These two features ensure a comfortable viewing experience even after prolonged use of the display.


asus proart pa248qv osd menu layout

To access and control the OSD (On-Screen Display) menu, you can use the five hotkeys placed beneath the bottom bezel, on the right side of the display.

You’ll find plenty of useful features in the OSD menu including various pre-calibrated picture presets (sRGB, Rec.709, Reading, Darkroom, etc).

The Rapid Rendering mode is a Motion Blur Reduction technology; once enabled, the monitor will strobe the backlight for smoother motion clarity, but due to the monitor’s low 75Hz refresh rate, it’s not very useful.

Besides the standard image adjustment tools such as brightness and contrast, you’ll also get access to some advanced settings including gamma (from 1.8 to 2.6) and 6-axis hue/saturation.

You’ll also find the VividPixel and ASCR features in the OSD menu which we recommend leaving disabled for the best image quality as they mess with the sharpness and contrast of the image.

Other noteworthy features include ‘Trace Free’ and ‘QuickFit’. The former increases the pixel response time speed, but we don’t recommend setting it over ’60’ as then it introduces pixel overshoot (inverse ghosting).

QuickFit allows you to place a virtual grid on the screen to help you align your documents, photos and other items.

Design & Connectivity

asus pa248qv back

The stand of the monitor offers full ergonomic support including up to 130mm height adjustment, -5°/35° tilt, 90° pivot, 90° swivel and 100x100mm VESA mount compatibility.

The side and top bezels are ultra-thin while the bottom bezel is a bit thicker and has a centimeter ruler. You won’t run into any issues with reflections as the screen has an anti-glare matte coating.

Connectivity options are abundant and include DisplayPort 1.2, HDMI 1.4, VGA, a headphone jack, a quad-USB 3.0 hub and two 2W built-in speakers.

Price & Similar Monitors

The ASUS PA248QV price amounts to ~$160 – $200, and it’s the best photo editing monitor you can get for that price.

It’s also available as a standard 1920×1080 model and a USB-C port with DP 1.2 Alt Mode and 65W Power Delivery, the ASUS PA247CV.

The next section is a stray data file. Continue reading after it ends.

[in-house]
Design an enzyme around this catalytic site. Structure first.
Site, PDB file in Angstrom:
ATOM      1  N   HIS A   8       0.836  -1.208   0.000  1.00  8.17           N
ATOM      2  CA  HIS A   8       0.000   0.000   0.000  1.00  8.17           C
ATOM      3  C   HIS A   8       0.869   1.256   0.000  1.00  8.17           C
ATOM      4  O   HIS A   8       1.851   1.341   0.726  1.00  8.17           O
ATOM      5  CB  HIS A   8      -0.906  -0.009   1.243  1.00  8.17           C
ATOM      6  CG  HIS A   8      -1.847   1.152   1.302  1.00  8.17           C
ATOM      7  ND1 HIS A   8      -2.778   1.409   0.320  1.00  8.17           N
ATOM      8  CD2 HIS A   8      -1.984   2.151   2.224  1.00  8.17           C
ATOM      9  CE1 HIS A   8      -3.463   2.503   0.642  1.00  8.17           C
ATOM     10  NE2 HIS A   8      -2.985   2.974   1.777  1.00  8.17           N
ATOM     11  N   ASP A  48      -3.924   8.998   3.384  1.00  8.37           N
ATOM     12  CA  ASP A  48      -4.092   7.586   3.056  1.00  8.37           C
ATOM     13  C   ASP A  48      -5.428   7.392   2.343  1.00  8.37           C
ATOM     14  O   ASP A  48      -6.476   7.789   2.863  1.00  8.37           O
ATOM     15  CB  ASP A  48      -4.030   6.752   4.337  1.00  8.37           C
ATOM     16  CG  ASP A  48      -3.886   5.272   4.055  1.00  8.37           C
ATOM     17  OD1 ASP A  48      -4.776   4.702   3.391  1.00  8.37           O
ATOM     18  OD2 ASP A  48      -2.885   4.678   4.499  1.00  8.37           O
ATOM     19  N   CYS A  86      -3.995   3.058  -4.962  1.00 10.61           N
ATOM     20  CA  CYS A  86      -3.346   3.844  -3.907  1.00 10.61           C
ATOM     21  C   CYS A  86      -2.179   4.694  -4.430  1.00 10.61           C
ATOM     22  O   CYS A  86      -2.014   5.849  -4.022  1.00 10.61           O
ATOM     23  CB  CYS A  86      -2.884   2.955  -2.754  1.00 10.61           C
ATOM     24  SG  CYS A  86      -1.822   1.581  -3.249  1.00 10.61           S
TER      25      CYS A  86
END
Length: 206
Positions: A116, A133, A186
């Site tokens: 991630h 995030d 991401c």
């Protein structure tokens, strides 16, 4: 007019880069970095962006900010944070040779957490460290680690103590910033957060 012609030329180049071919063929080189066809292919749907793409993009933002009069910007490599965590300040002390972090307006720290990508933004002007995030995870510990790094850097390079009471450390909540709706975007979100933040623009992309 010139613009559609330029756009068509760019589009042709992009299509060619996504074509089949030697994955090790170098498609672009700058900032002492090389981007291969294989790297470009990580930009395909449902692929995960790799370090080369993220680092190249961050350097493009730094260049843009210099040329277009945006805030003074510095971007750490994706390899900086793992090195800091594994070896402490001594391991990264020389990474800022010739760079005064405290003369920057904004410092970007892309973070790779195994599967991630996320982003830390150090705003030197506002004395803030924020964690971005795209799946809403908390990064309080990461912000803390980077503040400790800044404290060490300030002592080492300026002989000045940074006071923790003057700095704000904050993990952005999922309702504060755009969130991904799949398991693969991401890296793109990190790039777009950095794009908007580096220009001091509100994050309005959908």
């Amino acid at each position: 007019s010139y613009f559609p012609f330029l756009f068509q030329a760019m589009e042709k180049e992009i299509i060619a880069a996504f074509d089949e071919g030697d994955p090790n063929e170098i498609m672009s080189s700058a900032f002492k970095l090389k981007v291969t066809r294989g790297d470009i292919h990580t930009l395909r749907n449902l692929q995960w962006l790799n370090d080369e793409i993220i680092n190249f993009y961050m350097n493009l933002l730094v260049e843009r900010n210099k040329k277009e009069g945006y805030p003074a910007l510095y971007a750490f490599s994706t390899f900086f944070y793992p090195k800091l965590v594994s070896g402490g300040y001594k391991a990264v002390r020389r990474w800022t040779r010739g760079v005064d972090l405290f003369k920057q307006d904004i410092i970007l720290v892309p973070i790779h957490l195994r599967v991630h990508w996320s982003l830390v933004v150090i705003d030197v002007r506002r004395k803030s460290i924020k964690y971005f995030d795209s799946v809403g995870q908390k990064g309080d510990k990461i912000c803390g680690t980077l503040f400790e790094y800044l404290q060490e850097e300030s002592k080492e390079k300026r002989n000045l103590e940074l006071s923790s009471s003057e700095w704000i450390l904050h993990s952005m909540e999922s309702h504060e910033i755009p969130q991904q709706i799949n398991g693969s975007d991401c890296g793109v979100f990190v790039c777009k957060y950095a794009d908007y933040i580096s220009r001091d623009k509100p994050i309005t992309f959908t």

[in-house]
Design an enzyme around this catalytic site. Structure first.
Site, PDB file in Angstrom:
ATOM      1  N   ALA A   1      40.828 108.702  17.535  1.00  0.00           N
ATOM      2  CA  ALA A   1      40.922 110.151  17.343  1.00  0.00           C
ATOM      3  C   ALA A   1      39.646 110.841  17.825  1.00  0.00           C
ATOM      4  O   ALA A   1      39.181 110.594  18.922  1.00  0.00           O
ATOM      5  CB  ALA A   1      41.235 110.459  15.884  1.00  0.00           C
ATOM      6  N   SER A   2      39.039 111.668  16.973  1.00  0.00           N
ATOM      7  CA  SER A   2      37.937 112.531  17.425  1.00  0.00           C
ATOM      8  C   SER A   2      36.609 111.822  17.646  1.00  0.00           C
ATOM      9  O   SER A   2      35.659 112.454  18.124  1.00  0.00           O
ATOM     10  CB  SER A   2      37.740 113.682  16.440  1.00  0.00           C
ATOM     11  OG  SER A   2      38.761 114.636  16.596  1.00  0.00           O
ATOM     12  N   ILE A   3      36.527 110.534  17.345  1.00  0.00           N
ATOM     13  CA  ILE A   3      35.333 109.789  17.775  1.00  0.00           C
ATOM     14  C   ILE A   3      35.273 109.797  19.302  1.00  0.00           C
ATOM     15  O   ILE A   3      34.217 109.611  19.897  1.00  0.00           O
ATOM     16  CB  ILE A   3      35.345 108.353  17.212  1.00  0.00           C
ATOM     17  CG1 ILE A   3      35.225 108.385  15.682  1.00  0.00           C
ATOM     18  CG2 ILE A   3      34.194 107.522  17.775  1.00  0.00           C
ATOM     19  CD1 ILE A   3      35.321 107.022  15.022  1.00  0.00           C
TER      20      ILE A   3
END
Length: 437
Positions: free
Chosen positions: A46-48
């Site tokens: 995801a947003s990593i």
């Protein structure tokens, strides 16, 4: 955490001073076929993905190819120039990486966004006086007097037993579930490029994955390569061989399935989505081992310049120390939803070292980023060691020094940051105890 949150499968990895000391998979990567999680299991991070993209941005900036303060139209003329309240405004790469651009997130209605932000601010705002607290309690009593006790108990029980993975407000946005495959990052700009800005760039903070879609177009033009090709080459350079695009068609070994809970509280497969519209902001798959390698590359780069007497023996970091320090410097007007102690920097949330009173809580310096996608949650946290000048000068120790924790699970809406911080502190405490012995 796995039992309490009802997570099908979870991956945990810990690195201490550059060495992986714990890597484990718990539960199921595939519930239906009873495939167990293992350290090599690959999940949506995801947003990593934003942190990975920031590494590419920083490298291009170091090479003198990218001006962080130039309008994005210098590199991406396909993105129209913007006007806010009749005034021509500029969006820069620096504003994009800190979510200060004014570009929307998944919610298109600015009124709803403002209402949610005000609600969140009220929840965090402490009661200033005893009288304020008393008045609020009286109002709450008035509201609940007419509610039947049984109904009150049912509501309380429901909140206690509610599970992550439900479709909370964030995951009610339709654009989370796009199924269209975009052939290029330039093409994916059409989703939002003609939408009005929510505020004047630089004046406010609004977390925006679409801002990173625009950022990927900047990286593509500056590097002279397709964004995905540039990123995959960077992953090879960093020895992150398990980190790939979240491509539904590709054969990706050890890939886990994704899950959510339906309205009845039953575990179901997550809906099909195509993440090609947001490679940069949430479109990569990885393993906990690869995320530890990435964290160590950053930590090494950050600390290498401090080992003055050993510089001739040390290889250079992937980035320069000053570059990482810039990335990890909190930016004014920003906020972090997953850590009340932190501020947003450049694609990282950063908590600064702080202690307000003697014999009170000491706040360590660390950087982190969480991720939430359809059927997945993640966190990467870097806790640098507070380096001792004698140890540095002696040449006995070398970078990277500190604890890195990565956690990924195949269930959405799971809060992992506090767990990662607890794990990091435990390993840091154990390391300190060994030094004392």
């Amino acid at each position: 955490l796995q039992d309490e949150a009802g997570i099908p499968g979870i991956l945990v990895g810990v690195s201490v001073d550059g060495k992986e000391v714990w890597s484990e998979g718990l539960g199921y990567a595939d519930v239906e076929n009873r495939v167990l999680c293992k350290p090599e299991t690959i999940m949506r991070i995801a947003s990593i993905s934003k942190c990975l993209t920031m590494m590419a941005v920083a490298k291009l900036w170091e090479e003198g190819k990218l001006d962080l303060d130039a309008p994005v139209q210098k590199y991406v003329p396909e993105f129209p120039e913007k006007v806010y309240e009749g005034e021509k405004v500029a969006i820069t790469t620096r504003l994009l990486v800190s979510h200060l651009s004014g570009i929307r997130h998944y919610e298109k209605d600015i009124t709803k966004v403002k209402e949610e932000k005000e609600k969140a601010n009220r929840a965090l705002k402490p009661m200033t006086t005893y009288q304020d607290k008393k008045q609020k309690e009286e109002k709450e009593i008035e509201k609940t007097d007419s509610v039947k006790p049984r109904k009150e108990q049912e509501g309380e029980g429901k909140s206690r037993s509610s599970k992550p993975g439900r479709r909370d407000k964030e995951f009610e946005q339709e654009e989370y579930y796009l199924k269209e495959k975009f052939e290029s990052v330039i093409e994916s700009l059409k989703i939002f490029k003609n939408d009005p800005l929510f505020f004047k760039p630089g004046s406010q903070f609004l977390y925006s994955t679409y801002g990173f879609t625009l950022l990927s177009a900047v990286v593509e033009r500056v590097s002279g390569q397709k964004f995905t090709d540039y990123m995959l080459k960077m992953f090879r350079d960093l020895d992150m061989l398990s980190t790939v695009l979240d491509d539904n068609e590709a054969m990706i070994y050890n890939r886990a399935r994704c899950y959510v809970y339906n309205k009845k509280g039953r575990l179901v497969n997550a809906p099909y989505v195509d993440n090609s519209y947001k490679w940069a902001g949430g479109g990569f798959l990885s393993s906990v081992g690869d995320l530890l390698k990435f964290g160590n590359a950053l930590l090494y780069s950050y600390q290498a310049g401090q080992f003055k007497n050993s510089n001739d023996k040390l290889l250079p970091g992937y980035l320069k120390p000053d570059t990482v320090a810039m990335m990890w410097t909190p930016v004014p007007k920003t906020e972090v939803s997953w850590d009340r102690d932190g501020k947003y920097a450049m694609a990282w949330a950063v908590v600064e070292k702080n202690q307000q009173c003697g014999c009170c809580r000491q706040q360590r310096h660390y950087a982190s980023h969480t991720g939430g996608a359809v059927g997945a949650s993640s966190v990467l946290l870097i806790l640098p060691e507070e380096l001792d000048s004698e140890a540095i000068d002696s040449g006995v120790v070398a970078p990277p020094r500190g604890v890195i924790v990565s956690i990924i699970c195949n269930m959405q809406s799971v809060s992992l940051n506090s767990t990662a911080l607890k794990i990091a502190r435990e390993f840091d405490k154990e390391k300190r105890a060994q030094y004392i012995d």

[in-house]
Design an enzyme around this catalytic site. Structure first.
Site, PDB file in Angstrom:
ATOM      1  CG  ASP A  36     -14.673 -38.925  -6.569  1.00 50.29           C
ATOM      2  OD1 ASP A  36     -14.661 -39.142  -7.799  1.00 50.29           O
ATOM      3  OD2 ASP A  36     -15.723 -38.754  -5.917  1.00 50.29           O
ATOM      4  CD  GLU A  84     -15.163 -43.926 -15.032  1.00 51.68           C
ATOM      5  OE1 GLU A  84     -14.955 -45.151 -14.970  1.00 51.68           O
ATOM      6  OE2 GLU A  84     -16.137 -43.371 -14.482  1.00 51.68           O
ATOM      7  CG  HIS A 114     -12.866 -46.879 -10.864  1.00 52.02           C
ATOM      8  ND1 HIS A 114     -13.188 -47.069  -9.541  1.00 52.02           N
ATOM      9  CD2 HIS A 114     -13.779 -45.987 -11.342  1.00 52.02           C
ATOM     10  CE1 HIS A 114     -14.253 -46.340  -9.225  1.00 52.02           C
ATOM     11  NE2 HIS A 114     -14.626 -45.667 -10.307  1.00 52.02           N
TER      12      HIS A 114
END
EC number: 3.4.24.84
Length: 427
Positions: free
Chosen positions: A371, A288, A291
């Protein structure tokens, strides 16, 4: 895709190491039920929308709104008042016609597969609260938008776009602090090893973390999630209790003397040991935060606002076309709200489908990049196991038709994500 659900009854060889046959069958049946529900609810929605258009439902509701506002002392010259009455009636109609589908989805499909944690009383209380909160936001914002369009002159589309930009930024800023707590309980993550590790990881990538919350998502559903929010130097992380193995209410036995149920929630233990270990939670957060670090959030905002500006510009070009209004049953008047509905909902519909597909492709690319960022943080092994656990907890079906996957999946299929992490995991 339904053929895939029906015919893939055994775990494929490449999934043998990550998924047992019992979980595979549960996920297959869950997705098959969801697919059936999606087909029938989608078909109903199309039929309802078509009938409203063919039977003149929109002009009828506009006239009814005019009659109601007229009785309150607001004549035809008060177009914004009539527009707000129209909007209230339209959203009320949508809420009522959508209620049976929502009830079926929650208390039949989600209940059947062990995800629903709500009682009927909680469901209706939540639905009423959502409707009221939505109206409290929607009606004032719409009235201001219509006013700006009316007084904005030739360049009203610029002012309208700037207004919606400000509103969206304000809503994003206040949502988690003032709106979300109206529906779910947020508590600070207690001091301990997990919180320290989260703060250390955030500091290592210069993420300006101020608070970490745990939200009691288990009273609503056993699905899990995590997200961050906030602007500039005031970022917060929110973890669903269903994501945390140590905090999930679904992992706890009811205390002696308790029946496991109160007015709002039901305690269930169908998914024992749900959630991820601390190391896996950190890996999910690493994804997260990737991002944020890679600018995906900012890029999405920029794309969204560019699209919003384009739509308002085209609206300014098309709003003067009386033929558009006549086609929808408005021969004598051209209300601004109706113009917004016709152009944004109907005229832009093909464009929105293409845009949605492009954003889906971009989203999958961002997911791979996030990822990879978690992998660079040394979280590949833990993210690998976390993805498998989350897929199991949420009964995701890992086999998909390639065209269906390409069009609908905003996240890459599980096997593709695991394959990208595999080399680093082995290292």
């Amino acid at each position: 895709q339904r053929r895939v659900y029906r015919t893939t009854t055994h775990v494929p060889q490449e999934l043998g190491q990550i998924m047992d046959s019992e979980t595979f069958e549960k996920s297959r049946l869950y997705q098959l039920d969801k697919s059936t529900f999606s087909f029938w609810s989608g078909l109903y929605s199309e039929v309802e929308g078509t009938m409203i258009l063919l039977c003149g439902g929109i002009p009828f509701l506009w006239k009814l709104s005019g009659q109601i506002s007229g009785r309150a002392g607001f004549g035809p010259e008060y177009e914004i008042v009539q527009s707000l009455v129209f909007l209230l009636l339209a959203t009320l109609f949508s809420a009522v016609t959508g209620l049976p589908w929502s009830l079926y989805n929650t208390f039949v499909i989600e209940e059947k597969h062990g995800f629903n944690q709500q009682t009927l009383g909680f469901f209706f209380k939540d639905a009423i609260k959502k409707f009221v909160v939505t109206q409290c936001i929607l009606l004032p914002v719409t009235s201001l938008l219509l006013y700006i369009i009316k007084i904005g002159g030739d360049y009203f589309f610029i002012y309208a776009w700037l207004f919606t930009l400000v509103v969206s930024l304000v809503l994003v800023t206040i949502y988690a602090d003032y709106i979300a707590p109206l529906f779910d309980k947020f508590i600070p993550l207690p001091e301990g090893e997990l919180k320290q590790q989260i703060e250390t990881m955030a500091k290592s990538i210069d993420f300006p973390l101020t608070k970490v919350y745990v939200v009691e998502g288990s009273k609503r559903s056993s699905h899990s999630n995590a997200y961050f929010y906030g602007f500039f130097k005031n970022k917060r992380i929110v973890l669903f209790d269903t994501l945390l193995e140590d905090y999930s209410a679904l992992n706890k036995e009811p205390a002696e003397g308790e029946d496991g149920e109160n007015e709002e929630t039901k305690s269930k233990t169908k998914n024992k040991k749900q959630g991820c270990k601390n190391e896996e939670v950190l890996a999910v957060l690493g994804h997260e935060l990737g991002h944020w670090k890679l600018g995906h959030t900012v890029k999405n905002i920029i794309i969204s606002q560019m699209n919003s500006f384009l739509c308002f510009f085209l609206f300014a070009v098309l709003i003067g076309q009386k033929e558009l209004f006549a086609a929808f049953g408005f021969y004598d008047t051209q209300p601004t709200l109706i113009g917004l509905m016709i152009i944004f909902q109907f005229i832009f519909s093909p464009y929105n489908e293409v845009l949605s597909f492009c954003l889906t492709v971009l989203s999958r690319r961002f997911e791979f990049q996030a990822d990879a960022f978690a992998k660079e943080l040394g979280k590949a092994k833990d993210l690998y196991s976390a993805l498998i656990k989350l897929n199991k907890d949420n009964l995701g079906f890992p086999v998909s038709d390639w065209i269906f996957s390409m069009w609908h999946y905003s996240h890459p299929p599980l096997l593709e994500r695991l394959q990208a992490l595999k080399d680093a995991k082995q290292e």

Additionally, we reviewed the 27″ sized model, the ASUS PA278QV with a higher 2560×1440 screen resolution and the same features.

If you’re looking for something similar, be sure to also check out the ViewSonic VP2468 with the more common 1920×1080 resolution as well as 14-bit 3D LUT and hardware calibration support. It’s also available as a 27″ 1440p variant, the ViewSonic VP2768.

For more information, check out our best photo/video editing monitors buyer’s guide.


If you’re looking for a cheap but good monitor for photo editing, and also like to do a little bit of gaming on the side, the ASUS PA248QV is hands-down the best display you can get for under $200.


Screen Size24.1-inch
Resolution1920×1200 (WUXGA)
Panel TypeIPS
Aspect Ratio16:10
Refresh Rate75Hz
Response Time5ms
Adaptive-SyncFreeSync (48-75Hz)
PortsDisplayPort 1.2, HDMI 1.4, VGA
Other PortsHeadphone Jack, 4x USB 3.0
Brightness300 cd/m²
Contrast Ratio1000:1 (static)
Colors16.7 million (6-bit + FRC)
VESAYes (100x100mm)

The Pros:

  • Excellent value for the price
  • Factory-calibration, accurate and consistent colors
  • Fully ergonomic stand and rich connectivity options
  • AMD FreeSync up to 75Hz

The Cons:

  • Some IPS glow visible as expected from this panel technology
  • FreeSync range could be a bit wider

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Rob Shafer

Rob is a software engineer with a Bachelor’s degree from the University of Denver. He now works full-time managing DisplayNinja while coding his own projects on the side.